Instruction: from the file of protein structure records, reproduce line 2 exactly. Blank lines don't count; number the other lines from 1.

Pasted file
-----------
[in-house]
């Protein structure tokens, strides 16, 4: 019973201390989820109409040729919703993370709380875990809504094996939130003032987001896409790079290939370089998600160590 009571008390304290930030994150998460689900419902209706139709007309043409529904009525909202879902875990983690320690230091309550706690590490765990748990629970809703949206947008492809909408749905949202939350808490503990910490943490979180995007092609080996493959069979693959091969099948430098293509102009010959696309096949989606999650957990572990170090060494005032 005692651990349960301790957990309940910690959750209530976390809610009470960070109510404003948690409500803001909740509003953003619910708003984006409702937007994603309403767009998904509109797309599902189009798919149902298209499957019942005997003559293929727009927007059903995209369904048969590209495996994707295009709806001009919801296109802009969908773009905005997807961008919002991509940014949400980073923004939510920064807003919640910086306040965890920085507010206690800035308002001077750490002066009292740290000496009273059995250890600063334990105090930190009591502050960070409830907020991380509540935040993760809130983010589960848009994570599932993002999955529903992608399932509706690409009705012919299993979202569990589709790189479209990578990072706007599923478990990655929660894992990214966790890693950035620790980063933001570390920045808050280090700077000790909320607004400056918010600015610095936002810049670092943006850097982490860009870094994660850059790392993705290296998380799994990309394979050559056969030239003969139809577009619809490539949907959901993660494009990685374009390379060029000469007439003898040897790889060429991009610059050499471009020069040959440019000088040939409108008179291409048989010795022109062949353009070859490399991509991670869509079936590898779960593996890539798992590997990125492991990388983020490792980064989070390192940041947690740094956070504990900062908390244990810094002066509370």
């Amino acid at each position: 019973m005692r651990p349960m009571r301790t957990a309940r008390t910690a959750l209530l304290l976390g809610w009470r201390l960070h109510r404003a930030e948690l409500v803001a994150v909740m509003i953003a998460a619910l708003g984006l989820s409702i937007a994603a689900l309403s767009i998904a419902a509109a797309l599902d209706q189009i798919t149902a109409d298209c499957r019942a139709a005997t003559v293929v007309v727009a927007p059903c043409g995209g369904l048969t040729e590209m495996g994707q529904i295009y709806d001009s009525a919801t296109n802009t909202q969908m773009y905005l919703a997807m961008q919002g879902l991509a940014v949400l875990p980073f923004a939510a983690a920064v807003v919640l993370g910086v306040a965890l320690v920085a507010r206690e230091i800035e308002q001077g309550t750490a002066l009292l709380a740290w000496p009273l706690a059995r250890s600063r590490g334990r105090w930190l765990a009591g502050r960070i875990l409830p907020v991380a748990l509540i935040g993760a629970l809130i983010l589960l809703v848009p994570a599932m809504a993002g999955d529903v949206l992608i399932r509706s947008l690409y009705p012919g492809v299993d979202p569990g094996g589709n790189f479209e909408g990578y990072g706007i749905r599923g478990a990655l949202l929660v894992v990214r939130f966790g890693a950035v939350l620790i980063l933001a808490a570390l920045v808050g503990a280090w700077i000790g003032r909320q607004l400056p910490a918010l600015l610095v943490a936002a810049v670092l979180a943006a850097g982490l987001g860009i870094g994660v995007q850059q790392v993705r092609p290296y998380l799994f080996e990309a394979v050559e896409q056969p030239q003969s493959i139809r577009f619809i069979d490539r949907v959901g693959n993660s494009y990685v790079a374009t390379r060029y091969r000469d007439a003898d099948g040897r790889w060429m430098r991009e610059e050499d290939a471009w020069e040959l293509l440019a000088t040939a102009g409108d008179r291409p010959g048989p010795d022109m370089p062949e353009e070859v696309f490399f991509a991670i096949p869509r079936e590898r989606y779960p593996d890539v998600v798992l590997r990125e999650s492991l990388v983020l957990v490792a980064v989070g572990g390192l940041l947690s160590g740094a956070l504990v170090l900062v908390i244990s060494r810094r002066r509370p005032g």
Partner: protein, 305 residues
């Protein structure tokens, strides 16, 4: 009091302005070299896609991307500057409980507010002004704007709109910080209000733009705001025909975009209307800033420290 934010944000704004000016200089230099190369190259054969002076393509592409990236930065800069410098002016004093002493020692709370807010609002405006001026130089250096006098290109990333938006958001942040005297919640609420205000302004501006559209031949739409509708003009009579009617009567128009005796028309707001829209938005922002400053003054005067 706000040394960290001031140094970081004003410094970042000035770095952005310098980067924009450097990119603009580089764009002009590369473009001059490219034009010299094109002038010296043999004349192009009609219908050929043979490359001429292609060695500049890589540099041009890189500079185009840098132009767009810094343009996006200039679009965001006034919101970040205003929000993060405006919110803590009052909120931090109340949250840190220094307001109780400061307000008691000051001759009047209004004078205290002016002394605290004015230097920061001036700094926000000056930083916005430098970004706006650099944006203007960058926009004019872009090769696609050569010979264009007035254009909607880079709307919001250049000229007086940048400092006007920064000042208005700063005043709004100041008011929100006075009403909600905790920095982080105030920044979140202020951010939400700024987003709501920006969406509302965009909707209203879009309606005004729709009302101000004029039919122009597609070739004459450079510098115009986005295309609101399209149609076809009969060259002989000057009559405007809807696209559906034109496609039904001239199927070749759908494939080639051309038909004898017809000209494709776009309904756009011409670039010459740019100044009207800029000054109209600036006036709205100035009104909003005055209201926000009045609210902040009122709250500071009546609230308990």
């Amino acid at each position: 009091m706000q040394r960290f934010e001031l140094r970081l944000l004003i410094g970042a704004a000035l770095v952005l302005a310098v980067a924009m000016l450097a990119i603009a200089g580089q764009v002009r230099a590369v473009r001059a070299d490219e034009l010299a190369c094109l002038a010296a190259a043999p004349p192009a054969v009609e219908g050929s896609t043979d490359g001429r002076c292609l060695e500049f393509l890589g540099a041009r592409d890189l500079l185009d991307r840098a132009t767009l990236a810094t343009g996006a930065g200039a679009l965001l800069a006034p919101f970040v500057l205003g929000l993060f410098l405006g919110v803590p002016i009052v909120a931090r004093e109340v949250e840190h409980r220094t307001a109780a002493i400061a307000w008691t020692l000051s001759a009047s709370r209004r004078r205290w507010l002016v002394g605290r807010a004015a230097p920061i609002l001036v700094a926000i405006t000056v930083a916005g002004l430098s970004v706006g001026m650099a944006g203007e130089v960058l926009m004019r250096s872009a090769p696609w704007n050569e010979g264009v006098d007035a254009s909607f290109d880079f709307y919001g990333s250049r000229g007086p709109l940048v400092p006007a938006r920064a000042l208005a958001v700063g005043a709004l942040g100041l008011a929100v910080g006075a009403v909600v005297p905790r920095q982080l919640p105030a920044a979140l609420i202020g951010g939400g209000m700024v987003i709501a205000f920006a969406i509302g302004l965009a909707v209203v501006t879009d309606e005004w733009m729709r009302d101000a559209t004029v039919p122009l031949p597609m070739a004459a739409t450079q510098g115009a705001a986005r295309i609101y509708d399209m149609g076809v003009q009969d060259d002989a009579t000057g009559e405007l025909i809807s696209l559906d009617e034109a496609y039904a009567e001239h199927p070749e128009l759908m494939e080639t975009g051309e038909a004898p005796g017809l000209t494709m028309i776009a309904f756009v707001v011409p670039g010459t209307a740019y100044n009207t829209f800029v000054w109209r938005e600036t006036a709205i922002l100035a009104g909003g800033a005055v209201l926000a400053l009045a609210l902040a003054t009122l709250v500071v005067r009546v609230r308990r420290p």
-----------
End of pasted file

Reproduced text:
């Protein structure tokens, strides 16, 4: 019973201390989820109409040729919703993370709380875990809504094996939130003032987001896409790079290939370089998600160590 009571008390304290930030994150998460689900419902209706139709007309043409529904009525909202879902875990983690320690230091309550706690590490765990748990629970809703949206947008492809909408749905949202939350808490503990910490943490979180995007092609080996493959069979693959091969099948430098293509102009010959696309096949989606999650957990572990170090060494005032 005692651990349960301790957990309940910690959750209530976390809610009470960070109510404003948690409500803001909740509003953003619910708003984006409702937007994603309403767009998904509109797309599902189009798919149902298209499957019942005997003559293929727009927007059903995209369904048969590209495996994707295009709806001009919801296109802009969908773009905005997807961008919002991509940014949400980073923004939510920064807003919640910086306040965890920085507010206690800035308002001077750490002066009292740290000496009273059995250890600063334990105090930190009591502050960070409830907020991380509540935040993760809130983010589960848009994570599932993002999955529903992608399932509706690409009705012919299993979202569990589709790189479209990578990072706007599923478990990655929660894992990214966790890693950035620790980063933001570390920045808050280090700077000790909320607004400056918010600015610095936002810049670092943006850097982490860009870094994660850059790392993705290296998380799994990309394979050559056969030239003969139809577009619809490539949907959901993660494009990685374009390379060029000469007439003898040897790889060429991009610059050499471009020069040959440019000088040939409108008179291409048989010795022109062949353009070859490399991509991670869509079936590898779960593996890539798992590997990125492991990388983020490792980064989070390192940041947690740094956070504990900062908390244990810094002066509370």